Category Archives: Programme Management

Programme Management – Customer Application / Domain re-use

Few businesses exist purely to make a single product for a single customer, although this may be the origin of many companies, in general it is unsustainable as a business. The obvious step is to sell the same product to many other customers, but unless the product is truly ‘commodity’ then each customer’s requirements are unlikely to be identical. This takes us to the logical next step of mildly variant products; the majority of the product and its mechanism of manufacture, stay the same, but minor variations are accommodated. These ‘customisations’ alter the characteristic of the product to meet the variations the business market needs to address those customers’ needs.

Buried amongst all that simple logic is the business requirement for the ‘customisations’ to be ‘near-zero’ cost so that the manufacturing costs (and its associated selling price) remains largely consistent across the market for near-commodity products. Those costs come from recurring costs of the variant manufacturing, materials, processing etc and the non-recurring investment needed to re-engineer the product, its manufacturing etc.

Software has a distinct ‘edge’ over physical product in this play:

i)                    It has little or no manufacturing costs (it can be replicated at near zero cost)

ii)                  With no ‘manufacturing’ investment, its non-recurring costs are in product engineering and test

Software re-use has had a bad press for many years, deservedly so if you look at the cost of engineering ‘follow-on’ products. In large volume markets, where amortizing these costs is insignificant, this may be acceptable, but in general, variant product from ad-hoc re-use is too expensive.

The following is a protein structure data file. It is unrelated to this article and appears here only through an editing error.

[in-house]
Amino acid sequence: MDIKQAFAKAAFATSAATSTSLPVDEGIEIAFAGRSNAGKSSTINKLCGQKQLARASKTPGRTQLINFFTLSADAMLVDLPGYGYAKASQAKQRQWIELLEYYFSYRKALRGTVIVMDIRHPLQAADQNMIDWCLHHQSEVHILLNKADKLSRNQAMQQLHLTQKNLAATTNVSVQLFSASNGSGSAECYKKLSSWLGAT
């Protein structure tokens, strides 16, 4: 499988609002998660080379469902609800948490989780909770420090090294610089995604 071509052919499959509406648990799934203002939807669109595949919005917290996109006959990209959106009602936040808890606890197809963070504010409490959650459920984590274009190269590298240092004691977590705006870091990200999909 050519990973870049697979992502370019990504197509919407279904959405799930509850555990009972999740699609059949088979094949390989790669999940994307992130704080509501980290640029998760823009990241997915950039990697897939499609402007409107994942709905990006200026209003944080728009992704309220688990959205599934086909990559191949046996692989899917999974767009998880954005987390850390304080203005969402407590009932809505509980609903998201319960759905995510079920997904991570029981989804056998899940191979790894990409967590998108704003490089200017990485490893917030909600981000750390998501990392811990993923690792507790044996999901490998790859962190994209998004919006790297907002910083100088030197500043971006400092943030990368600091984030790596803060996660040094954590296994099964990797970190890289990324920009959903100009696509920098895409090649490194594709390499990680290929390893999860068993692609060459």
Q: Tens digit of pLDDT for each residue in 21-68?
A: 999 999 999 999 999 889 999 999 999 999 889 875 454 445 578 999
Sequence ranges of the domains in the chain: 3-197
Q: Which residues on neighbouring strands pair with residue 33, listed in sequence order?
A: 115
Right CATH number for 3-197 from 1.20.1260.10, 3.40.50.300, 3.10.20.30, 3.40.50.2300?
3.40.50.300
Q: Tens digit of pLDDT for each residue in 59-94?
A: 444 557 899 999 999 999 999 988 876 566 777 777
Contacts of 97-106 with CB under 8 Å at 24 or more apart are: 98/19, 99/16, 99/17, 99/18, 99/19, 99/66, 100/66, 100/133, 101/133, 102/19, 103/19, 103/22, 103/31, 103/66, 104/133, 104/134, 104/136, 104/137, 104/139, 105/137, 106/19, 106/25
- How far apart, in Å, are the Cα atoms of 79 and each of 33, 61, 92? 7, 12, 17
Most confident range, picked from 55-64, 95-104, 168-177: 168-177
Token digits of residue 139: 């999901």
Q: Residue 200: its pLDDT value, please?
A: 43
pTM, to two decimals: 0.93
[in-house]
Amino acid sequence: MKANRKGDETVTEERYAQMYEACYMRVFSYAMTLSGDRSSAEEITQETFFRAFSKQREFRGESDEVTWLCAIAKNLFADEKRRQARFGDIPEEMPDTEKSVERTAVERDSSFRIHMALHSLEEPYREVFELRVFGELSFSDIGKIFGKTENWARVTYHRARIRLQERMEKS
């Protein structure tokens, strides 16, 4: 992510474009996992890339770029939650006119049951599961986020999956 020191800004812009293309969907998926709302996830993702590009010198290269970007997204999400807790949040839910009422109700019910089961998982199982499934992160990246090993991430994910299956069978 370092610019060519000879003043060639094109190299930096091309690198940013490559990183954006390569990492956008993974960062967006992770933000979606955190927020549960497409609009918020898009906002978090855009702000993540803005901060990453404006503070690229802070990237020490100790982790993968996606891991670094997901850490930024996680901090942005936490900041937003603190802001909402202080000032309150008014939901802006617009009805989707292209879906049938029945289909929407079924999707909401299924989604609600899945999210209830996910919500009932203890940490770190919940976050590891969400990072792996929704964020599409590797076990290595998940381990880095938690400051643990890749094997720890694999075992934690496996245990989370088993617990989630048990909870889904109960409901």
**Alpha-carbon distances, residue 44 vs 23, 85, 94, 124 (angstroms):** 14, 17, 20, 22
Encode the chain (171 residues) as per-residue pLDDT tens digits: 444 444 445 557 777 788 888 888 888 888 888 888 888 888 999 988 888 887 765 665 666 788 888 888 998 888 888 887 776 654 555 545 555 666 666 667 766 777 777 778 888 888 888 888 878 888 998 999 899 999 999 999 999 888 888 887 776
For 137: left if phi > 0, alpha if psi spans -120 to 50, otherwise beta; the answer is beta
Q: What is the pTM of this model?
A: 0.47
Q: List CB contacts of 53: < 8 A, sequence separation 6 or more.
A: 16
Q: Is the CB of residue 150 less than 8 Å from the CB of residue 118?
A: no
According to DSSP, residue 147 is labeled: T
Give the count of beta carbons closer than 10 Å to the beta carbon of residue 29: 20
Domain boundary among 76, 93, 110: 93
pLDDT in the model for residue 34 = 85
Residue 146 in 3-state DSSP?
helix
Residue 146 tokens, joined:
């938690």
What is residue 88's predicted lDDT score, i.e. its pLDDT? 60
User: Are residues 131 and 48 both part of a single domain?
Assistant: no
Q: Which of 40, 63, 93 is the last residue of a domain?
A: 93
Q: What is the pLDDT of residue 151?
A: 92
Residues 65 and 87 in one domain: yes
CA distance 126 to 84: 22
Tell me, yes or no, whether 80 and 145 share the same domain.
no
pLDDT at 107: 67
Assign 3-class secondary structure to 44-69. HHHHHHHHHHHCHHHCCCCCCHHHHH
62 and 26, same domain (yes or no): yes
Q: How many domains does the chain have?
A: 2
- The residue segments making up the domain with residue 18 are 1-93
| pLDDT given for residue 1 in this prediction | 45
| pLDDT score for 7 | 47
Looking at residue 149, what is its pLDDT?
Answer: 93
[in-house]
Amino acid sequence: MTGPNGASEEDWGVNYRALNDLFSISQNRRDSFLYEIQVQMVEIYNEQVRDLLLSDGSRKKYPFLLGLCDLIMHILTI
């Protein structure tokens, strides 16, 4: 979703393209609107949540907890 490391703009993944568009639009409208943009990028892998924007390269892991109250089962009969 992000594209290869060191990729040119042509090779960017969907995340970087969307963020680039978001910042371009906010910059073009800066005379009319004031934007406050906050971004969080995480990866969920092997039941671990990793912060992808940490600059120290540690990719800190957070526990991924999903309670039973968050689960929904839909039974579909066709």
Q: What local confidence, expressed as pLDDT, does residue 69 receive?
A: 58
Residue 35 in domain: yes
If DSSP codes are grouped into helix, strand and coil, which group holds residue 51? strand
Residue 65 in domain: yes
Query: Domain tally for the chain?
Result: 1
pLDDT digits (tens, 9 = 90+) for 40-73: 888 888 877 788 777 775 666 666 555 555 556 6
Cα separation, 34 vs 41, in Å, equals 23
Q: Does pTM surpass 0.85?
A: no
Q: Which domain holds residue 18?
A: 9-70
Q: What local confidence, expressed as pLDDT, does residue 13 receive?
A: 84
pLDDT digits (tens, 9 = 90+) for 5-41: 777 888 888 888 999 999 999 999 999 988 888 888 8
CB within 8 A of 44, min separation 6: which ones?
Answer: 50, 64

Deliberately designing for re-use has not always delivered the cost benefit. Obviously these designs require a bigger initial investment, but variants should be able to be realised cheaply. Unfortunately there are some business keys that need to be maintained to make this a business success, which are rarely championed or maintained and, as a consequence, the advantage is often frittered away, by well meaning, but misdirected, engineers.

Variation drives cost, both in design and in test. Engineering in ‘variation points’ in itself is not difficult, but combinations, and in some cases permutations, of use of those variation points can quickly become uneconomical. The reality is that not all possible combinations of variation are required and although they may realise a legitimate product, may not be a useful, or marketable, solution. The interaction of variation points, in providing a ‘designed-for’ product is then key to minimising the cost and risk in engineering. This interaction can be described as patterns of use of variation points to describe particular product variants. Managing these interactions are the keys to the techniques known as Product Lines.

Successful variant product strategies come from recognising your potential market place, analysing the potential variation required to meet their individual demands, carving out product sets that are sufficiently aligned that they can be engineered with well-defined patterns of variation. Keeping the resultant design then focussed only on serving that particular set of marketable products, minimising variation points, and defining the appropriate patterns of use, can deliver a sound business economic.